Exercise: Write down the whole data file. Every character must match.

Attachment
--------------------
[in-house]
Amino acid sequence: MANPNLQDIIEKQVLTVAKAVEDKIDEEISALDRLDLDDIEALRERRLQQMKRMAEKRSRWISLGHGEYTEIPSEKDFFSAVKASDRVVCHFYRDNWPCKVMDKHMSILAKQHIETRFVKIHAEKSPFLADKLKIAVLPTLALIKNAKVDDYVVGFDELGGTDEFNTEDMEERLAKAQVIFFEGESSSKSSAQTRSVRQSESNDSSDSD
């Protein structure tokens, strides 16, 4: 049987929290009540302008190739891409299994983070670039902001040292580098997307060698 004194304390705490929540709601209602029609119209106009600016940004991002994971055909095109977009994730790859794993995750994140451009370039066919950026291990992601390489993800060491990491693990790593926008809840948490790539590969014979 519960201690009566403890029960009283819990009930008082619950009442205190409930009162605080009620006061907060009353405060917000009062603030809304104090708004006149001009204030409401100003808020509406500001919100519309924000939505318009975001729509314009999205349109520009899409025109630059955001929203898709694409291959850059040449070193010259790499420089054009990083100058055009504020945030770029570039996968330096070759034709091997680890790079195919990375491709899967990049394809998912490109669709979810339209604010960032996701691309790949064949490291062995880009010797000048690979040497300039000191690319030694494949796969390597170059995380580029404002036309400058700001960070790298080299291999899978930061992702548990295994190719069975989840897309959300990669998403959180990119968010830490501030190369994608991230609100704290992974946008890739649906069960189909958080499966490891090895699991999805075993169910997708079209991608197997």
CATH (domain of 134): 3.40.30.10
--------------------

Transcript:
[in-house]
Amino acid sequence: MANPNLQDIIEKQVLTVAKAVEDKIDEEISALDRLDLDDIEALRERRLQQMKRMAEKRSRWISLGHGEYTEIPSEKDFFSAVKASDRVVCHFYRDNWPCKVMDKHMSILAKQHIETRFVKIHAEKSPFLADKLKIAVLPTLALIKNAKVDDYVVGFDELGGTDEFNTEDMEERLAKAQVIFFEGESSSKSSAQTRSVRQSESNDSSDSD
């Protein structure tokens, strides 16, 4: 049987929290009540302008190739891409299994983070670039902001040292580098997307060698 004194304390705490929540709601209602029609119209106009600016940004991002994971055909095109977009994730790859794993995750994140451009370039066919950026291990992601390489993800060491990491693990790593926008809840948490790539590969014979 519960201690009566403890029960009283819990009930008082619950009442205190409930009162605080009620006061907060009353405060917000009062603030809304104090708004006149001009204030409401100003808020509406500001919100519309924000939505318009975001729509314009999205349109520009899409025109630059955001929203898709694409291959850059040449070193010259790499420089054009990083100058055009504020945030770029570039996968330096070759034709091997680890790079195919990375491709899967990049394809998912490109669709979810339209604010960032996701691309790949064949490291062995880009010797000048690979040497300039000191690319030694494949796969390597170059995380580029404002036309400058700001960070790298080299291999899978930061992702548990295994190719069975989840897309959300990669998403959180990119968010830490501030190369994608991230609100704290992974946008890739649906069960189909958080499966490891090895699991999805075993169910997708079209991608197997």
CATH (domain of 134): 3.40.30.10